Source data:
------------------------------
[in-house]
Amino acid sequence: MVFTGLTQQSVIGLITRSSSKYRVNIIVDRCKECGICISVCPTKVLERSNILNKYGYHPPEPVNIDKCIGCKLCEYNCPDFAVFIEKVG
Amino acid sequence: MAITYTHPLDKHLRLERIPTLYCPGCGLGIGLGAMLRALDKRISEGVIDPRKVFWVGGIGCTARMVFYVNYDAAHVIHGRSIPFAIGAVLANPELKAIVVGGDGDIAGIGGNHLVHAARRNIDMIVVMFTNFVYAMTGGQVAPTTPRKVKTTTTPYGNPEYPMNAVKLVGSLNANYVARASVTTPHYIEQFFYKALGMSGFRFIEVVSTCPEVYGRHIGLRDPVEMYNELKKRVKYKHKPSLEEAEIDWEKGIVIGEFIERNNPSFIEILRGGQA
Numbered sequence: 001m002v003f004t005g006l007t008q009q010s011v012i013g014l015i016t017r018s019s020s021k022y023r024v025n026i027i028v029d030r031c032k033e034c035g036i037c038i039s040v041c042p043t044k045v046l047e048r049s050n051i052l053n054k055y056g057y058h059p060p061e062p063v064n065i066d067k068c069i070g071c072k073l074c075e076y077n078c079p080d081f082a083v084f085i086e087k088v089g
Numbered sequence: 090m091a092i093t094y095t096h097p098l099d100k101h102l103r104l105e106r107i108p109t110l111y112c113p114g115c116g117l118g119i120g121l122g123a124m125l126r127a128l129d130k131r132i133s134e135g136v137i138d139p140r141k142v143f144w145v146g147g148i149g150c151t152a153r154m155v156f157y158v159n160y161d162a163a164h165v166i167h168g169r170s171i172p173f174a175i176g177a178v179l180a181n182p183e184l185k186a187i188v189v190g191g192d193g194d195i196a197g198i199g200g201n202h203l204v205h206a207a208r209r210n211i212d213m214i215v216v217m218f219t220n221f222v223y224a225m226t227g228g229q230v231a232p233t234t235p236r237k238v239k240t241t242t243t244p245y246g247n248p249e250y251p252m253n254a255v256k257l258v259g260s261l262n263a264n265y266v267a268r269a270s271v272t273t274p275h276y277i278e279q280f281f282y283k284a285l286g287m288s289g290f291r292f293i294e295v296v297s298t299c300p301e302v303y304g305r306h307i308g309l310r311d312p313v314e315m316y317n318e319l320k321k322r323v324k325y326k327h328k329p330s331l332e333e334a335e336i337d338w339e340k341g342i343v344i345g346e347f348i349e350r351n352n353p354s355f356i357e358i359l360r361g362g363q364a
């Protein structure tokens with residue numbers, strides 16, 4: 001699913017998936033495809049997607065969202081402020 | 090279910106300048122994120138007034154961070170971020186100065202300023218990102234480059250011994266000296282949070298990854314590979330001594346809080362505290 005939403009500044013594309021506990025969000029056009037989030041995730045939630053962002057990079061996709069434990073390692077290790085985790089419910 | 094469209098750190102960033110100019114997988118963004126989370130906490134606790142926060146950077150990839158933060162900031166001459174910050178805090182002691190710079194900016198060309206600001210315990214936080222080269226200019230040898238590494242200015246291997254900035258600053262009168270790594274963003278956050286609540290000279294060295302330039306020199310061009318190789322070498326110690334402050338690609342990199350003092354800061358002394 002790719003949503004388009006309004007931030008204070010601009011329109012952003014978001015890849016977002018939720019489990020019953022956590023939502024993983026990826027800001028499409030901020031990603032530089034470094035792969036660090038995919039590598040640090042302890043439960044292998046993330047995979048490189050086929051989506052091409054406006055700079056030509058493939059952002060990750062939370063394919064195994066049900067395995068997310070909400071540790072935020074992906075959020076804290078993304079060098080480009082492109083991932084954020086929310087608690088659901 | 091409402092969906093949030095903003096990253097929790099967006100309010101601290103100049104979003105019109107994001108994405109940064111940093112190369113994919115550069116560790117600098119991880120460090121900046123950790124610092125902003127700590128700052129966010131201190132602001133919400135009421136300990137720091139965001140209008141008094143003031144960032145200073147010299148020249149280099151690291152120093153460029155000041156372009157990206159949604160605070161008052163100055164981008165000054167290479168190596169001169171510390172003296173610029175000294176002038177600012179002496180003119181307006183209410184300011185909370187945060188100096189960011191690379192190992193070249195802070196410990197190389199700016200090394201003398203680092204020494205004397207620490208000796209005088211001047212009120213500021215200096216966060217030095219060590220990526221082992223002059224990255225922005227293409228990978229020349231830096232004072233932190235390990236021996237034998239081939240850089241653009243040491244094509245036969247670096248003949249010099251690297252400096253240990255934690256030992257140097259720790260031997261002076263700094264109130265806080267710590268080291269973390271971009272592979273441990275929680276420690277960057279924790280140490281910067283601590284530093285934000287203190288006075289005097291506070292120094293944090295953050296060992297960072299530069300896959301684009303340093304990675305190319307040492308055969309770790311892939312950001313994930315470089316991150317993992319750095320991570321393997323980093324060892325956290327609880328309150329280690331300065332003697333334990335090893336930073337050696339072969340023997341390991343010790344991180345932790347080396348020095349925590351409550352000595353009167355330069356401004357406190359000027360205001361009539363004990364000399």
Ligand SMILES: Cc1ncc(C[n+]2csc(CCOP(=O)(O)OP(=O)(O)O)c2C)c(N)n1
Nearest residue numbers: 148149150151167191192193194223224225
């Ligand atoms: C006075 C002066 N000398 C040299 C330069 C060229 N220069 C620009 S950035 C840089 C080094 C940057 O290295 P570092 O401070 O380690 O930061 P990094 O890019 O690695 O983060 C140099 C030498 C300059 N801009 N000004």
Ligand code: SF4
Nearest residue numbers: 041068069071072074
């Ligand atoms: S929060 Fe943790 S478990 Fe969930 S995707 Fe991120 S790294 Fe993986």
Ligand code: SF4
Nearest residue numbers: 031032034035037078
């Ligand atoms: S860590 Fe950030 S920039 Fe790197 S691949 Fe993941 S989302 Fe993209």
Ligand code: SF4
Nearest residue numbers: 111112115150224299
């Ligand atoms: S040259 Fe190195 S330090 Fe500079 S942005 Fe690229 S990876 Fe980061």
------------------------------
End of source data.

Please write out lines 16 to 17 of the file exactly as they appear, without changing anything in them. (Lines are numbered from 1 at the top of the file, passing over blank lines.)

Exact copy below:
Ligand code: SF4
Nearest residue numbers: 111112115150224299